UM Cardiac Surgeons Remove, Rebuild Heart in Unprecedented Procedure
For the past six years, Sandra Lanier had been living with the stress and strain of recurring heart tumors. Since 1997, she had already endured three open-heart operations to remove the tumors. But two years after each operation, the benign but potentially deadly tumors, called myxomas, returned like clockwork at slightly different locations. Safe removal became more of a challenge with each new operation.
So when a tumor reappeared a fourth time this summer in her left atrium, Lanier was ready to take a risk in order to prevent the seemingly endless cycle of operations.
"I just wanted to try something different because having surgery every two years is nerve-wracking," said Lanier. It's hard on the body and the mind."
To halt this cycle, the surgeons needed to remove all of the atrial cells that might evolve into a tumor. So in order to save Lanier's life and spare her future surgeries, cardiac surgeons at the University of Maryland Medical Center performed an unprecedented procedure: they completely removed both of her heart's upper chambers (the left and right atria), then reconstructed them with animal and human donor tissue.
Even though she was scared to get this radical procedure done, Lanier was determined to go ahead.
"This was my fourth open heart surgery, and I've had them every two years, like clockwork," she said. "This [new procedure] would eliminate the tumors, and with this approach chances are they wouldn't come back. The percentage would be five instead of 100 percent."
Lanier, who is from Ware, Massachusetts, came to the Medical Center because of her connection with cardiac surgeon James S. Gammie, M.D., an associate professor of surgery at the University of Maryland School of Medicine. Dr. Gammie had previously operated on Lanier in 1999 and 2001 at the University of Massachusetts Medical Center in two of the earlier procedures to remove the tumors.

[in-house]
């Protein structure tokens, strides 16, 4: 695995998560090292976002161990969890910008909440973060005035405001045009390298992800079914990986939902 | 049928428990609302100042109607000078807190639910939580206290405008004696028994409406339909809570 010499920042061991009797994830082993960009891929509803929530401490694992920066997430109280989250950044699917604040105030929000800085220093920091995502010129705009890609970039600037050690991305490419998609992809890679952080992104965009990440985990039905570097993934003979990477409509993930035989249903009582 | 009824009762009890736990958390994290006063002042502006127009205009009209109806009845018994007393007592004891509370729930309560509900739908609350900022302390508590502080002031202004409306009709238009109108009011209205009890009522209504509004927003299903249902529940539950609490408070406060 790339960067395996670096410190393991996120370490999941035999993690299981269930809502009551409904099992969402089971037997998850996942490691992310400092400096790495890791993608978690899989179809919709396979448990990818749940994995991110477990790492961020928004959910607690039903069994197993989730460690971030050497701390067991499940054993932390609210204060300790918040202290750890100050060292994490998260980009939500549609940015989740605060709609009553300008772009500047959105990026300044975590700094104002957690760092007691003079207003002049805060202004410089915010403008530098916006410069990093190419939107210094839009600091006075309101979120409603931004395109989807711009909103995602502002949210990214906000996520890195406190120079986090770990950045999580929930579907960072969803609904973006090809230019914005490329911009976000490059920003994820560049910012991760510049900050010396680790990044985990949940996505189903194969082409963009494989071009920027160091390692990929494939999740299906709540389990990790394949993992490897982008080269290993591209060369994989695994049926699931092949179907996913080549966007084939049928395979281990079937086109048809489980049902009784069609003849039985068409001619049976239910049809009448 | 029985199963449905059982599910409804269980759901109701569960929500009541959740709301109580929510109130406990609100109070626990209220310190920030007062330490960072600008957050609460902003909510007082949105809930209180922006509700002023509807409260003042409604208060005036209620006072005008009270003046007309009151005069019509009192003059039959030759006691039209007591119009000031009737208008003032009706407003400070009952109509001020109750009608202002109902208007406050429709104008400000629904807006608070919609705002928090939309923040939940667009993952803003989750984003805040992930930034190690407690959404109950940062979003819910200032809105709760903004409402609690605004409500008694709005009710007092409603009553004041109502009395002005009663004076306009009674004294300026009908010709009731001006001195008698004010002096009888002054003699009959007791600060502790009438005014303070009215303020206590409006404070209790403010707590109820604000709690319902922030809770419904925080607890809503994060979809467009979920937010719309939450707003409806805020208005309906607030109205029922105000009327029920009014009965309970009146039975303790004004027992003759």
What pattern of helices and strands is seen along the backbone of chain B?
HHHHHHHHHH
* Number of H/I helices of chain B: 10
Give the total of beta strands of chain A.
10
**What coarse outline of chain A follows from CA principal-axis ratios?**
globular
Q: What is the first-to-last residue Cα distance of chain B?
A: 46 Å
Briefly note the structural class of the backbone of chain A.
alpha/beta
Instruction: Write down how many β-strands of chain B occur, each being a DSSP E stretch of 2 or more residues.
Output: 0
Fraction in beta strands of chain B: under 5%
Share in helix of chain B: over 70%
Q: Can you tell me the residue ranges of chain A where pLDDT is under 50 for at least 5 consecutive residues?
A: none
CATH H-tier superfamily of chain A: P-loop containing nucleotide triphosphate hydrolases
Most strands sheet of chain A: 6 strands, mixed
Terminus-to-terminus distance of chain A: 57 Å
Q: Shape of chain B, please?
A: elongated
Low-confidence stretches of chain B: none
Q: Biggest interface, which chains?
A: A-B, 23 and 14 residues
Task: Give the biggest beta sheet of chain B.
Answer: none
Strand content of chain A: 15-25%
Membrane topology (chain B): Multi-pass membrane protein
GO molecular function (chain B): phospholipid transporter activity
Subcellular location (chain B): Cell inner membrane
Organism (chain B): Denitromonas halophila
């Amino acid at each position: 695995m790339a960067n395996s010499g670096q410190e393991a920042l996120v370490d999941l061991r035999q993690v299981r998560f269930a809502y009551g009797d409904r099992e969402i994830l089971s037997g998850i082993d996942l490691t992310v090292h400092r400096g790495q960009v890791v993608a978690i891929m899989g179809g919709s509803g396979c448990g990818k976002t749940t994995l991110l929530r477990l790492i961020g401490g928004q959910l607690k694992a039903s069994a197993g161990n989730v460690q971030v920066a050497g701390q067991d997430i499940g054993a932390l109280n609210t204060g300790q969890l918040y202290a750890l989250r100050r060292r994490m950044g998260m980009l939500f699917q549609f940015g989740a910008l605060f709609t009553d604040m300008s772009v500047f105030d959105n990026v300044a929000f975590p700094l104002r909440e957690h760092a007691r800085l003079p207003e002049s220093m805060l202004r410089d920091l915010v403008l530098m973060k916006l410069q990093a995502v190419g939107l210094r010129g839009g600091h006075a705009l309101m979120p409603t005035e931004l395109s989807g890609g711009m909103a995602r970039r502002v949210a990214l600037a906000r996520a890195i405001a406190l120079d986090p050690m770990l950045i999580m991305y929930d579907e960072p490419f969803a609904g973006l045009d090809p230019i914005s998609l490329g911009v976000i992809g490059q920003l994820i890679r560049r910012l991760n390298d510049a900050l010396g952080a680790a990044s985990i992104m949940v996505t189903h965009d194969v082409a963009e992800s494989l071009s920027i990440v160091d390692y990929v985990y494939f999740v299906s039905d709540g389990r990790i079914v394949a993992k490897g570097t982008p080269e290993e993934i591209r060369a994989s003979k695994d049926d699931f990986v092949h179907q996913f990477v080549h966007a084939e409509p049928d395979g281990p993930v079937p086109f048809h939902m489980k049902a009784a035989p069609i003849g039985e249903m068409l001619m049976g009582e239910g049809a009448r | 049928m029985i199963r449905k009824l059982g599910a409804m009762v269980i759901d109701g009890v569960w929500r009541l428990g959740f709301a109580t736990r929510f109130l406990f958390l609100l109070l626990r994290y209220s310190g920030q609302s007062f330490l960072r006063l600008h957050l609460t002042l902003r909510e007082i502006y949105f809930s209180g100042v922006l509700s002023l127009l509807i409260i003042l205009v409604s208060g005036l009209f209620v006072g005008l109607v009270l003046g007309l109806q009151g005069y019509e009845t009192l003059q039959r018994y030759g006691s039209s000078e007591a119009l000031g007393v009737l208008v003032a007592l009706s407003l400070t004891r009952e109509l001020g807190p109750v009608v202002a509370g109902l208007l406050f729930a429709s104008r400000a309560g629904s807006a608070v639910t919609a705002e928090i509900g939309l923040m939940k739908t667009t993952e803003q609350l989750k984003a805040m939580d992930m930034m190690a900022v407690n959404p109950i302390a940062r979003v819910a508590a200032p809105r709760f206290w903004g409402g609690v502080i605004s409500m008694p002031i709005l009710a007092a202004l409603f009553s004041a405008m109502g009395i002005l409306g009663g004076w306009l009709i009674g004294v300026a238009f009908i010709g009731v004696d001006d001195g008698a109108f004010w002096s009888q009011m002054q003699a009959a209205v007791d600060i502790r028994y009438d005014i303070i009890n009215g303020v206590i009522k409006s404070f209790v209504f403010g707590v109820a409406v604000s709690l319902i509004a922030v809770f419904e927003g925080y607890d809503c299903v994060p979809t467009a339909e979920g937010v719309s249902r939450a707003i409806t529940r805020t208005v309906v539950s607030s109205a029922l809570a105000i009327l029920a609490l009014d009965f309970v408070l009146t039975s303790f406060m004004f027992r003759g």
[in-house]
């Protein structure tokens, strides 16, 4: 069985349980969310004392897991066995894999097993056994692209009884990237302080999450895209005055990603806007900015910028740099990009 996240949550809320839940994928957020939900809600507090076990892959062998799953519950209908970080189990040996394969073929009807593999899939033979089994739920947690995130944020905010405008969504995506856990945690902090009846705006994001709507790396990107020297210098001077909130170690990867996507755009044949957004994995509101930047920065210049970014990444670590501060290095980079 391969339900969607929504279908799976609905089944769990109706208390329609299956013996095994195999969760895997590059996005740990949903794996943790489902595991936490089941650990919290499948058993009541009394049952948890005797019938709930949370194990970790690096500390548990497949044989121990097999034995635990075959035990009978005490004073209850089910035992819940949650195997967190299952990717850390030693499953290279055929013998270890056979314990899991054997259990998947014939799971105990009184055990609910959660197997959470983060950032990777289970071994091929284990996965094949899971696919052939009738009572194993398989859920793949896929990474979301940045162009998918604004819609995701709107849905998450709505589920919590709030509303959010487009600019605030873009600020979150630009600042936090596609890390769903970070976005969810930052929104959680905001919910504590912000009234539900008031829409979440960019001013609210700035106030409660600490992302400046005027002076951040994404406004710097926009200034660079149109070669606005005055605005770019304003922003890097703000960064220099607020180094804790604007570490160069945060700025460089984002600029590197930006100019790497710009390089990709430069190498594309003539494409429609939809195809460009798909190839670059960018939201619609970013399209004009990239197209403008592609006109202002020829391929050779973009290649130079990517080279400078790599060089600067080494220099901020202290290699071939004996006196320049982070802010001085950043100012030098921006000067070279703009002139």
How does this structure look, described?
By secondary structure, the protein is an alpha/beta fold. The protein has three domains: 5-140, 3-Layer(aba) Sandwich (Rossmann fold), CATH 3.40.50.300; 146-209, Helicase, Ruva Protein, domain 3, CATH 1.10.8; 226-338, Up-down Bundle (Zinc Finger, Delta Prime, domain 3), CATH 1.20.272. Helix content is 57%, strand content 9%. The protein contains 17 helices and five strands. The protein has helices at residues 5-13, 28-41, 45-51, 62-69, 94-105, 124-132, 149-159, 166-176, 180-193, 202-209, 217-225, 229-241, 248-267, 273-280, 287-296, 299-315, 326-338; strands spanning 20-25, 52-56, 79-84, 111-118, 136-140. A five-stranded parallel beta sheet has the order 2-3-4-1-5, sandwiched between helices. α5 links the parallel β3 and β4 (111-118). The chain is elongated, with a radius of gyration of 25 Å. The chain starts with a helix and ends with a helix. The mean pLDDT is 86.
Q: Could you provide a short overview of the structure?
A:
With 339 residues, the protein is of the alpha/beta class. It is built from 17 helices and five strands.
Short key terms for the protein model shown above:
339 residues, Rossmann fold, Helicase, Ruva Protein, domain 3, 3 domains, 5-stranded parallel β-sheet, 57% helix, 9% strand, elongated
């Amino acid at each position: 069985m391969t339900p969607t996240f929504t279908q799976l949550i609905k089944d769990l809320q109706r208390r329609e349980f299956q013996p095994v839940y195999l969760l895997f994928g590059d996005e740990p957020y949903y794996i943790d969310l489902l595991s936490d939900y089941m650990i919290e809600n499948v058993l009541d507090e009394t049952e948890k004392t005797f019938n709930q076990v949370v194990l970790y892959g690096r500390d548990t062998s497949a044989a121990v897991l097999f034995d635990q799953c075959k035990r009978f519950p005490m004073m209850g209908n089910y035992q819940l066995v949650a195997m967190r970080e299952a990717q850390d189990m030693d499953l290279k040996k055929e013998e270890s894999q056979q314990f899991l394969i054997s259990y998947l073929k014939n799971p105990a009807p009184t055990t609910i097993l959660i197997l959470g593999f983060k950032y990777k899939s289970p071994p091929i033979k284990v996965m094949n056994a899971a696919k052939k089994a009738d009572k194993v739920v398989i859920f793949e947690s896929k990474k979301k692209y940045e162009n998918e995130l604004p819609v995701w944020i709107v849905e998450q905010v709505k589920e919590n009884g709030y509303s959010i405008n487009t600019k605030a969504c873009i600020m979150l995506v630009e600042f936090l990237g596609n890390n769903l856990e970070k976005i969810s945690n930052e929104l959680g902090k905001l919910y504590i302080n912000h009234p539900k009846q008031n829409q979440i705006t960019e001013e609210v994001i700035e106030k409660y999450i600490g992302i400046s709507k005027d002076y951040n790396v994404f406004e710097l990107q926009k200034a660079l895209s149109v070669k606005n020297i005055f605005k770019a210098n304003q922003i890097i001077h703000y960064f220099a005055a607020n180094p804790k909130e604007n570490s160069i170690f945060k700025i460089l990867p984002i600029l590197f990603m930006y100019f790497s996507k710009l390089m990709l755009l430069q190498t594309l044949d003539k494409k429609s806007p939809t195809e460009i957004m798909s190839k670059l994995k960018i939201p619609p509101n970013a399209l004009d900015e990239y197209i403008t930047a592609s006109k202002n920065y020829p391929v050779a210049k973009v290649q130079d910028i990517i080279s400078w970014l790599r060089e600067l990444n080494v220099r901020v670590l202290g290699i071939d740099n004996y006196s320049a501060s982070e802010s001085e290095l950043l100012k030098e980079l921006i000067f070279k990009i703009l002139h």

Her first operation was in 1997, after she was initially diagnosed with a heart tumor (an atrial myxoma) in the upper part of her heart.
A History of Heart Troubles
When her heart tumors first started developing six years ago, Lanier suffered various symptoms. At first, she had trouble breathing and her heart would race when she exerted herself.
When the second tumor appeared, it caused Lanier to get mini-strokes. "When I would exert myself the tumor would break off in little pieces and cause little blood clots in my feet and legs," she said.
Her condition also affected her wedding plans. She met her husband Larry in 1998. Right after they were engaged she found out about the second tumor. So as she was recovering from her second heart surgery, she had her wedding shower, in 2000. Since then the couple have been through two more surgeries.
What was it like to deal with this recurring problem?
"It was very stressful. The first time I had surgery the doctors said 'it probably won't come back but there are no guarantees.' Then they test you," said Lanier. "Every six months I was going for my transesophageal echocardiography (TEE) scan. The first year I was fine. But once the second year started approaching I started really getting scared, wondering if the tumor was going to come back."
And as she feared, it had returned. That was in 1999.
So she went back to University of Massachusetts Medical Center, where Dr. Gammie had just joined the staff. "Her tumor had come back, which was a very unusual situation," said Dr. Gammie.
That's when Dr. Gammie diagnosed Lanier with a syndrome called the "Carney Complex," a hereditary disorder that is associated with recurrent heart tumors as well as deep freckles on the skin. "There are only about 350 patients in the world that have been described as having this," said Dr. Gammie. "So that gave us an explanation as to why the tumor came back. We re-operated on her in 1999 and things went well."